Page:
Presented in its original theatrical aspect ratio of 2.35:1, Iron Man 2 succeeds in reproducing the theatrical experience, with the film grain structure intact, fine detail presented, and a rich palette of colors making good use of the HD format. Of particular note are the strength of the blacks, and the effectiveness of shadows, greys, and the clarity of the blend. There is no crushing or blooming, and DNR is of no concern here (in other words, it has been used sparingly and is entirely unnoticeable).
Iron Man’s burgundy and gold suit pops off the screen, and compared with the dirty steel-grey suit worn by War Machine, or the crackling pulses of Whiplashes unique weapon, it really stands out. Paramount has done a splendid job of treating their biggest hit of the summer (and likely the year) extremely well, positioning this blu-ray to become one of the top selling discs of the year.
The Sound: 4.5 out of 5
My goodness. The DTS-HD Master Audio 5.1 track available on Iron Man 2 is an unrelenting bombastic powerhouse of sound. The surrounds are assaulted frequently, with the thumping sounds of John Debney’s score, the ripping sounds of Monaco Racing, and the carnage of explosive action sequences (I think director Jon Favreau wanted to break every piece of glass in this film). The bass is fully explored by the film’s audio, with ample use of the LFE, and sufficient rattle to remind you the volume is probably up too loud. The audio is free from any issues and delivers the action of Iron Man 2, and the wholly satisfying AC/DC riffs in glorious fashion. This is a terrific sound mix and great stuff for your home theater.
The Extras: 4 out of 5
Disc 1 (Blu-Ray)
Feature film with optional commentary by Jon Favreau:
S.H.I.E.L.D. Data Vault:Interact with select scenes from the film that include new layers of graphics and insider information. You can also view case files, dossiers, S.H.I.E.L.D. training films, and more.
Previsualization and Animatics: (HD):
Disc 2 (Blu-Ray)
Ultimate Iron Man: The Making of Iron Man 2:
Rebuilding the Suit: (HD):A look at the early stages of bringing Iron Man 2 to the big screen.
A Return to Action: (HD):Jon Favreau hosts a look at returning to the Iron Man universe.
Expanding the Universe: (HD):A look at the expanding Marvel universe.
Building a Legacy: (HD):A look at filming, editing, scoring, and the creation of visual effects for Iron Man 2
Creating Stark Expo: (HD):A look behind the creation of the Stark Expo and the blending of physical sets and computer-generated elements. Anyone who has attended the U.S. Open Tennis tournament in Flushing, NY will be able to quickly identify what has been added (and what has been removed) from the location where the Expo takes place.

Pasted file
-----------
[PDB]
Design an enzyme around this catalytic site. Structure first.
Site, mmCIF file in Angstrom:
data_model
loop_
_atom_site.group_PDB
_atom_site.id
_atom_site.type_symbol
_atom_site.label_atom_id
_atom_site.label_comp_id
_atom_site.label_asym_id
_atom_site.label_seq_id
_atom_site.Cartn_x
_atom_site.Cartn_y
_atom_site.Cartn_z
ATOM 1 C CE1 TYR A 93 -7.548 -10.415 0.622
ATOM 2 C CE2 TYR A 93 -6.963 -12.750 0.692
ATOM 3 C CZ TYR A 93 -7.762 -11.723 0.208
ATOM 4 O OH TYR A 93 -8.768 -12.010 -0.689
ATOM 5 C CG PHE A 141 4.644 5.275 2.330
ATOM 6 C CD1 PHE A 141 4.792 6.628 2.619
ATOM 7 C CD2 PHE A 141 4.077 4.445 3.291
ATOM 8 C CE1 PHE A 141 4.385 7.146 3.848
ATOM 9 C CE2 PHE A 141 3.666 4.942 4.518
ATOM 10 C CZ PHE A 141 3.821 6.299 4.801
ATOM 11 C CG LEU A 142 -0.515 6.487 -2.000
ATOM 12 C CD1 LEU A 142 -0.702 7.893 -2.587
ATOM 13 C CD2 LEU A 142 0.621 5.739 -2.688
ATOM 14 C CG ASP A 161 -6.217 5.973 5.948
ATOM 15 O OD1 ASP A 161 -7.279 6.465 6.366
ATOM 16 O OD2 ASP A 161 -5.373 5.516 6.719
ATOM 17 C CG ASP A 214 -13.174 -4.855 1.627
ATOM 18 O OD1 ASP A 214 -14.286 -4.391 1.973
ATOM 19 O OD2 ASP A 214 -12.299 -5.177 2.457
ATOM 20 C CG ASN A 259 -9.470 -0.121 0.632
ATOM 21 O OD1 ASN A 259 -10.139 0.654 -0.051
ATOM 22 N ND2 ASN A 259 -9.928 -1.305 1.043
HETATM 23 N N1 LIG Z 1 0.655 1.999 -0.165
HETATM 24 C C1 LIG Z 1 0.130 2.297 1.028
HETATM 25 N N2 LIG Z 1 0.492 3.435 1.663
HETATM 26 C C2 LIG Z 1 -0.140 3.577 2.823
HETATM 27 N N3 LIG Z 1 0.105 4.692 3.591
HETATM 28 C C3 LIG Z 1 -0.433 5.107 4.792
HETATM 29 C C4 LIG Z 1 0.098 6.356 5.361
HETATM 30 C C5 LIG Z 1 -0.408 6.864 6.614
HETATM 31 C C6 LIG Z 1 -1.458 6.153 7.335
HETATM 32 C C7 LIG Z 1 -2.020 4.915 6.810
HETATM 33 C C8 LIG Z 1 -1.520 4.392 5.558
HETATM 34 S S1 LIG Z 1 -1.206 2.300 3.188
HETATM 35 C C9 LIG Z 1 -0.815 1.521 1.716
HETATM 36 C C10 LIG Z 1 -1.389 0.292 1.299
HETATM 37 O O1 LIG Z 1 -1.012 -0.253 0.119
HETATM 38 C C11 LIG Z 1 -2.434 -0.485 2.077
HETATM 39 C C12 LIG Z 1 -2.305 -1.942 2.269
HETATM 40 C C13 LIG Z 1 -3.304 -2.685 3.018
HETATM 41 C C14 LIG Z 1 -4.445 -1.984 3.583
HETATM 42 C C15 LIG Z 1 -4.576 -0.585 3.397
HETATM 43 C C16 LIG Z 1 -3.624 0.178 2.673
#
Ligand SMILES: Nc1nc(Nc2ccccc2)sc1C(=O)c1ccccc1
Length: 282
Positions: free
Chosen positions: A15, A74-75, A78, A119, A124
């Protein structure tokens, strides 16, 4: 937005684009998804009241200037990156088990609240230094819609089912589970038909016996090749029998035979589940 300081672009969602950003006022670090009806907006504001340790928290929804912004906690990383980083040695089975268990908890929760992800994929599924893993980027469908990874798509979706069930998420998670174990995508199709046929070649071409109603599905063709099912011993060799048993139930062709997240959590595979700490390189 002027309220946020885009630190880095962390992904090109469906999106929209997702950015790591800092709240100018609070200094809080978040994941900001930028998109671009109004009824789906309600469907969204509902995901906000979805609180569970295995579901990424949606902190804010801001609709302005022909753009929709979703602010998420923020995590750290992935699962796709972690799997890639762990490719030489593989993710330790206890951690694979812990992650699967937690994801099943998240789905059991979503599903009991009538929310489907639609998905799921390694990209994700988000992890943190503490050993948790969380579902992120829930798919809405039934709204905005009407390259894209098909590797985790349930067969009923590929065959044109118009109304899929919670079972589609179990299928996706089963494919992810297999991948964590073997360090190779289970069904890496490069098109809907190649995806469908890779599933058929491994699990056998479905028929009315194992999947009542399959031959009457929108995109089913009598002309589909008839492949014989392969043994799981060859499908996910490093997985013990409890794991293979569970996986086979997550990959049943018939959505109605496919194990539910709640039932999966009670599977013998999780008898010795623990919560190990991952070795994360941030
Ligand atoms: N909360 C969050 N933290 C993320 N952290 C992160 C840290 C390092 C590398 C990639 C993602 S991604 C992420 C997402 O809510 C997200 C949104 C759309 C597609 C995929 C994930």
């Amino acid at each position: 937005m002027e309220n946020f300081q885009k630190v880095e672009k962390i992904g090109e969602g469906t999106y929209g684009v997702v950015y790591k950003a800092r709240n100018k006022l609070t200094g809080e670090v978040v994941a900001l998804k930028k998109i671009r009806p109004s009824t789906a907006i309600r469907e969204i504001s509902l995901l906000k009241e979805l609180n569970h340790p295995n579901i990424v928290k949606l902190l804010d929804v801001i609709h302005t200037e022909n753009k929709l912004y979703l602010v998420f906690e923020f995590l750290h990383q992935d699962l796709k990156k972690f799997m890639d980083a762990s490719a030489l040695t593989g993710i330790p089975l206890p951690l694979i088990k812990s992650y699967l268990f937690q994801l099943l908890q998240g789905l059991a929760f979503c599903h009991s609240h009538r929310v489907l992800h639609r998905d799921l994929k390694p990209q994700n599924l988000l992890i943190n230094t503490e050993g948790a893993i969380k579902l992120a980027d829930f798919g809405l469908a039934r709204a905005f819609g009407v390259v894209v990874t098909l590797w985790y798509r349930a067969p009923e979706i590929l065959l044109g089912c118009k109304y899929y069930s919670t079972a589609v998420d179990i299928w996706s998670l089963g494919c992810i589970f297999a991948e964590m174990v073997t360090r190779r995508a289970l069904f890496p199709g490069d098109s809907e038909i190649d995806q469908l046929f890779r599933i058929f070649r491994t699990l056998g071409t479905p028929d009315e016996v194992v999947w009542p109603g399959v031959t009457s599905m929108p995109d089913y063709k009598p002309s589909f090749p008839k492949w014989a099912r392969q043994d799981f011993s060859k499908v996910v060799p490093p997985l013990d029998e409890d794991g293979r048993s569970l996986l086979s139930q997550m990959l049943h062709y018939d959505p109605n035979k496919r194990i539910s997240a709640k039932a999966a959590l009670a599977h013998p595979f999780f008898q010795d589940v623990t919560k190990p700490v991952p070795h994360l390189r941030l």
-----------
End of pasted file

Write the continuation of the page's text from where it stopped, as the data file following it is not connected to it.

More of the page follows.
Practical Meets Digital: (HD):A look at how the ‘practical’ effects help shape and direct the digital augmentation and creations we see on screen.
Illustrated Origin: Nick Fury, Black Widow, And War Machine: (HD):An interesting look at three characters from the Marvel Universe that feature prominently in Iron Man 2, with reflections on the comic book origins and their presence in the feature film.
Working with DJ AM: (HD):DJ AM, who passed away last year, is fondly remembered by director Jon Favreau
Deleted Scenes with optional commentary by Jon Favreau: (HD):8 deleted and extended scenes with optional insight from director Jon Favreau. The scenes include: Alternate Opening, Coulson at the Senate, The Sub-Orbital Jet, Tony’s Workshop (extended), Natalie Wears the Gauntlet, Flying Party Girl, Mark II Security, Element Rediscovered (extended)
Concept Art Gallery:(HD)
Music Video:AC/DC “Shoot to Thrill”
Disc 3 (DVD)
Feature Film & Digital Copy
Iron Man 2is good fun. It’s loud, brisk, effects-laden, and downright funny at times with all of the ingredients that made the first Iron Man such a welcome success. All the ingredients are there, but not in the same proportion. Origin stories are often infinitely more interesting than the sequels which continue to explore the world we have seen set up. The first Matrix and the first Spider-Man are good examples (despite the popularity Spider-Man 2, the original is still the best). The origin element of Iron Man is hard to beat in the sequel, but all involved have clearly worked hard to maintain the spirit of the universe they created, with a more grounded, lighter, accessible affair. This blu-ray release is easy to recommend, particularly if you enjoyed the film in theaters.
Overall 4 out of 5